We work with two contrasting espressos here at TY. The first is a seasonal single-origin roasted by our friends at The Barn. Right now we’re pulling shots from a farm called Fazenda Um in the ancient volcanic state Minas Gerais in Southern Brazil. Expect a dark chocolate hit typical of Brazilian coffee but also look for sweet dates and a creaminess that balances a gentle acidity, all making for a perfectly balanced espresso. Our second espresso offering is the wonderful Climpson Estate blend with notes of butterscotch and orange blossom and a smooth milk chocolate finish. This has become a firm favourite amongst our regulars. (50% San Juan, Riseralda, Colombia / 50% Sasaba, Sidamo, Ethiopia)
Across both of our espressos, our ‘dialling in’ system ensures consistent precision in dose, taste and extraction times to enhance and fully express the varietals from either the single estate from The Barn or the blend from Climpson’s. Enabling you to taste only clean exposed coffee at its absolute best. If you have a preference you can request your favourite when ordering, otherwise the general rule of thumb is Climpson’s Estate blend for coffees made with milk and The Barn for anything black. Climpson Estate cuts perfectly through silky milk whereas The Barn single origin coffees are the most sublime, complex and fascinating when not masked by milk.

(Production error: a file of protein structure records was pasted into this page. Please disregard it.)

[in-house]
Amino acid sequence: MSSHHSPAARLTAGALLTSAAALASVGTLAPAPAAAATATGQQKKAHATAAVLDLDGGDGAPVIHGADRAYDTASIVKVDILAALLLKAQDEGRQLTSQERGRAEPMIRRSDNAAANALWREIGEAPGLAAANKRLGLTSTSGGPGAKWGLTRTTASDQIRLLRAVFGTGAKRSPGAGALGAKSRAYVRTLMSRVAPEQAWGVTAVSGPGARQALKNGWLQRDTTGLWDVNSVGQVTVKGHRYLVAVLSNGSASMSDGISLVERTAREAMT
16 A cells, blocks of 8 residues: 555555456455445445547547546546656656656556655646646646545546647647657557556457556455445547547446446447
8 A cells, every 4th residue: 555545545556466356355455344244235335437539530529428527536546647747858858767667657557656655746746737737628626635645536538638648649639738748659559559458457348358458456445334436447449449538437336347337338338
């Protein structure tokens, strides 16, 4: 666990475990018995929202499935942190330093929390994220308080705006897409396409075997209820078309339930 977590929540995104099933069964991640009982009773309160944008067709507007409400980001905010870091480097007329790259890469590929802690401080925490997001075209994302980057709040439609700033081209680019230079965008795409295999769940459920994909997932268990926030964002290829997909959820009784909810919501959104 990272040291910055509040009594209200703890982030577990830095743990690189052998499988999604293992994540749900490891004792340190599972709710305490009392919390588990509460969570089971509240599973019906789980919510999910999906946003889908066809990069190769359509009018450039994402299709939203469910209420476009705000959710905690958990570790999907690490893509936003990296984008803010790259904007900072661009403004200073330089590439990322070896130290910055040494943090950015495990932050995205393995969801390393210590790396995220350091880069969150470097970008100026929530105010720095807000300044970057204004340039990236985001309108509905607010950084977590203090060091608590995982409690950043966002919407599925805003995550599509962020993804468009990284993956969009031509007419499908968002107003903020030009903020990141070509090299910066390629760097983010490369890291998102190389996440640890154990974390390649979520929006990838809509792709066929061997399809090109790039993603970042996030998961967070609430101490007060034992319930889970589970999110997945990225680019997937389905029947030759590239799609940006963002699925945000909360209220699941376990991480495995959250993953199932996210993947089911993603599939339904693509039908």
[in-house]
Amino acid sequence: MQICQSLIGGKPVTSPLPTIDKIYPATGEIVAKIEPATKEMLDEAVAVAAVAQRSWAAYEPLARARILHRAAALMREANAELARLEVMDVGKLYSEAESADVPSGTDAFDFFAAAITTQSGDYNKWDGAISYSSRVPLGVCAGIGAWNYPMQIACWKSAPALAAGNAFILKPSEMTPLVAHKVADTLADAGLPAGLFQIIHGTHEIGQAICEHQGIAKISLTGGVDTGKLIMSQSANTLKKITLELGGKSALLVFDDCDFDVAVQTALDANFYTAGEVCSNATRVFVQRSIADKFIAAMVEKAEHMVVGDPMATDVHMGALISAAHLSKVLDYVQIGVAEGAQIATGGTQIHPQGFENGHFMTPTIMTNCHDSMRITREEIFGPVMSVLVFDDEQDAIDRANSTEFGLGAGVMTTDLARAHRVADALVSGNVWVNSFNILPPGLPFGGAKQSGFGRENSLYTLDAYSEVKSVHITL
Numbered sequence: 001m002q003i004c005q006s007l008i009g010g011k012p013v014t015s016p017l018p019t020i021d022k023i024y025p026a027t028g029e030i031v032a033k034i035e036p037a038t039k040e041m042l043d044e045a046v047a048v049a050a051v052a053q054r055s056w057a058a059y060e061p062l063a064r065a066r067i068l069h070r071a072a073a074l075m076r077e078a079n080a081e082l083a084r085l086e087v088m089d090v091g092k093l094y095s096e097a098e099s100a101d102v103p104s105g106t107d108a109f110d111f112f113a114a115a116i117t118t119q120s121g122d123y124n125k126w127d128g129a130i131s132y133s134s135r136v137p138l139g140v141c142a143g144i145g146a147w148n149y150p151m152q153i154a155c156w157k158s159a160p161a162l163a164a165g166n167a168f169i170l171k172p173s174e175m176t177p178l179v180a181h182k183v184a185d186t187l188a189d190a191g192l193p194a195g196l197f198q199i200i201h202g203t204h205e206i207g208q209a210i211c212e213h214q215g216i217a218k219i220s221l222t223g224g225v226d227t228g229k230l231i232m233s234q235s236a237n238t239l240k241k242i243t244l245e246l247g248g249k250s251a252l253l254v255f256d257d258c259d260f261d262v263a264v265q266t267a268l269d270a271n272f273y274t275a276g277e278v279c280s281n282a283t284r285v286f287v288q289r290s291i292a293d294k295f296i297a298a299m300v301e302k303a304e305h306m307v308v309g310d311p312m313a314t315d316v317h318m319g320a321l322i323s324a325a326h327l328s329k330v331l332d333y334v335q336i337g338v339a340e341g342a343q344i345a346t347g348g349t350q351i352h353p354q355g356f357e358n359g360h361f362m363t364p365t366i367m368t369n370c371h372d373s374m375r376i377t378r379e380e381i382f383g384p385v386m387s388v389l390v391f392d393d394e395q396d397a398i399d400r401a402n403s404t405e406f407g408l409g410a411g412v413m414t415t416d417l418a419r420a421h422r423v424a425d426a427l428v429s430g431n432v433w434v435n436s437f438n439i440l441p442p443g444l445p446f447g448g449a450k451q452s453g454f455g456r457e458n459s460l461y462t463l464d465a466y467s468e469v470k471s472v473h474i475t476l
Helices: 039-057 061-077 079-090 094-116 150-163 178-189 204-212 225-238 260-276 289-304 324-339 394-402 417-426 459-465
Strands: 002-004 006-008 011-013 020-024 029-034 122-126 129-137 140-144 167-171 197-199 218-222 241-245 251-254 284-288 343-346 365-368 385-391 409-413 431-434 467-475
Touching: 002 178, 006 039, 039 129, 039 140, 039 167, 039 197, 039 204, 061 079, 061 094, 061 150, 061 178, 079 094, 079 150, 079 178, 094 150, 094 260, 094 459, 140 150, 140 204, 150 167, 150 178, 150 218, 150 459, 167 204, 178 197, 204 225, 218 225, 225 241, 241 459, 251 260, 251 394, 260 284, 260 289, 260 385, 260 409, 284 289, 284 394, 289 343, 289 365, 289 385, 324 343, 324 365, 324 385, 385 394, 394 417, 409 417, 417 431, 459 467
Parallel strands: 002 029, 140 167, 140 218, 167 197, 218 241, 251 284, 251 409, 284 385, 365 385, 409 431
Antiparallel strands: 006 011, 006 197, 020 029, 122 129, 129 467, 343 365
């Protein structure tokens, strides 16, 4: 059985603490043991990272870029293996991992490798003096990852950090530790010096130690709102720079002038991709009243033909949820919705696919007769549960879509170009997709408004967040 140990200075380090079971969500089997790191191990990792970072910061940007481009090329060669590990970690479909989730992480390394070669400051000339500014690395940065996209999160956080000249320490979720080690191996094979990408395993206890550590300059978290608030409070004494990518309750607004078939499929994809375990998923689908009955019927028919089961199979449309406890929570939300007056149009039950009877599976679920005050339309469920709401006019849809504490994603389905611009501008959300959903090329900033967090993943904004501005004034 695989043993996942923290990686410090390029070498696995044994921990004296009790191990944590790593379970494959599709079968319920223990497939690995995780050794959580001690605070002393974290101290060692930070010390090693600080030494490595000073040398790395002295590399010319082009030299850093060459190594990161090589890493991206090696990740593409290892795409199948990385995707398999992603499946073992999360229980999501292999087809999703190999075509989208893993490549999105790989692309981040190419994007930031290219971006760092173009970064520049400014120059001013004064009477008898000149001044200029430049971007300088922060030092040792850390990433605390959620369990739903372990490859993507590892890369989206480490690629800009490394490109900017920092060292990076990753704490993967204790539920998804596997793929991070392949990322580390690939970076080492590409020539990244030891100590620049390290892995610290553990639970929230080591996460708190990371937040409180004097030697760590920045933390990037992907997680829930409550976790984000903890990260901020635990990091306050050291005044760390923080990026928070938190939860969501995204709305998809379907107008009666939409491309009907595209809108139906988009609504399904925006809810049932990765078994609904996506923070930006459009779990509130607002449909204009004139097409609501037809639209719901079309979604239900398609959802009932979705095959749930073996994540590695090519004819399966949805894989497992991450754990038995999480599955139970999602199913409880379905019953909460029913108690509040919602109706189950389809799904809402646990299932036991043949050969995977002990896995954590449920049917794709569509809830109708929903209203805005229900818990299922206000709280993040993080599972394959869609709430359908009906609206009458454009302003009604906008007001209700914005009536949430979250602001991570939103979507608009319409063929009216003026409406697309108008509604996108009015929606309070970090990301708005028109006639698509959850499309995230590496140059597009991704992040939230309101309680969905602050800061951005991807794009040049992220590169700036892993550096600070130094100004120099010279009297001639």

If a long black or americano is your drink then we have a recommendation for you! Try a filter brew instead. Stretching out an espresso with water hugely alters the character of the coffee and can unbalance the sweetness naturally present, unleashing sour or bitter flavours instead. Not so good.
Also avoid adding sugar if you can for the same reason. Both The Barn and Climpson’s Estate are sophisticated coffees that yield a wonderful natural sweetness that deserves to be savoured.
Our filter brew coffee, also known as batch brew, is freshly ground and brewed every hour. We buy from some of the best roasters in the UK and Europe, carefully selecting coffee from producers in different parts of the world, to offer a colourful variety of flavours in every single cup.
We alternate filters every 3 days to follow the harvests around the world, constantly on the hunt for the best seasonal beans. Our filters make a great long drink to takeaway, but inside the shop we serve them in two cup Hario brewers for a long lasting beverage. Check the homepage to see what we are currently brewing in each TY right now.
These subtle and delicate brews are recommended without milk to best savour their complexities and harness their many layers of flavour! So if you like milk in your coffee then go for a smooth and velvety flat white or latte where the milk really gets to do the job right.
For a next level coffee experience try a Chemex for 2, perfect when drinking a single origin with a friend or colleague – allowing you to compare tasting notes!
This is our favourite brewing method, drawing the best out of our speciality beans and requiring expert baristas to prepare it – you will love it!
A CLIMPSON’S ORIGIN TRIP TO BRAZIL 2016
By Phil Groves, Head Barista at TY Seven Dials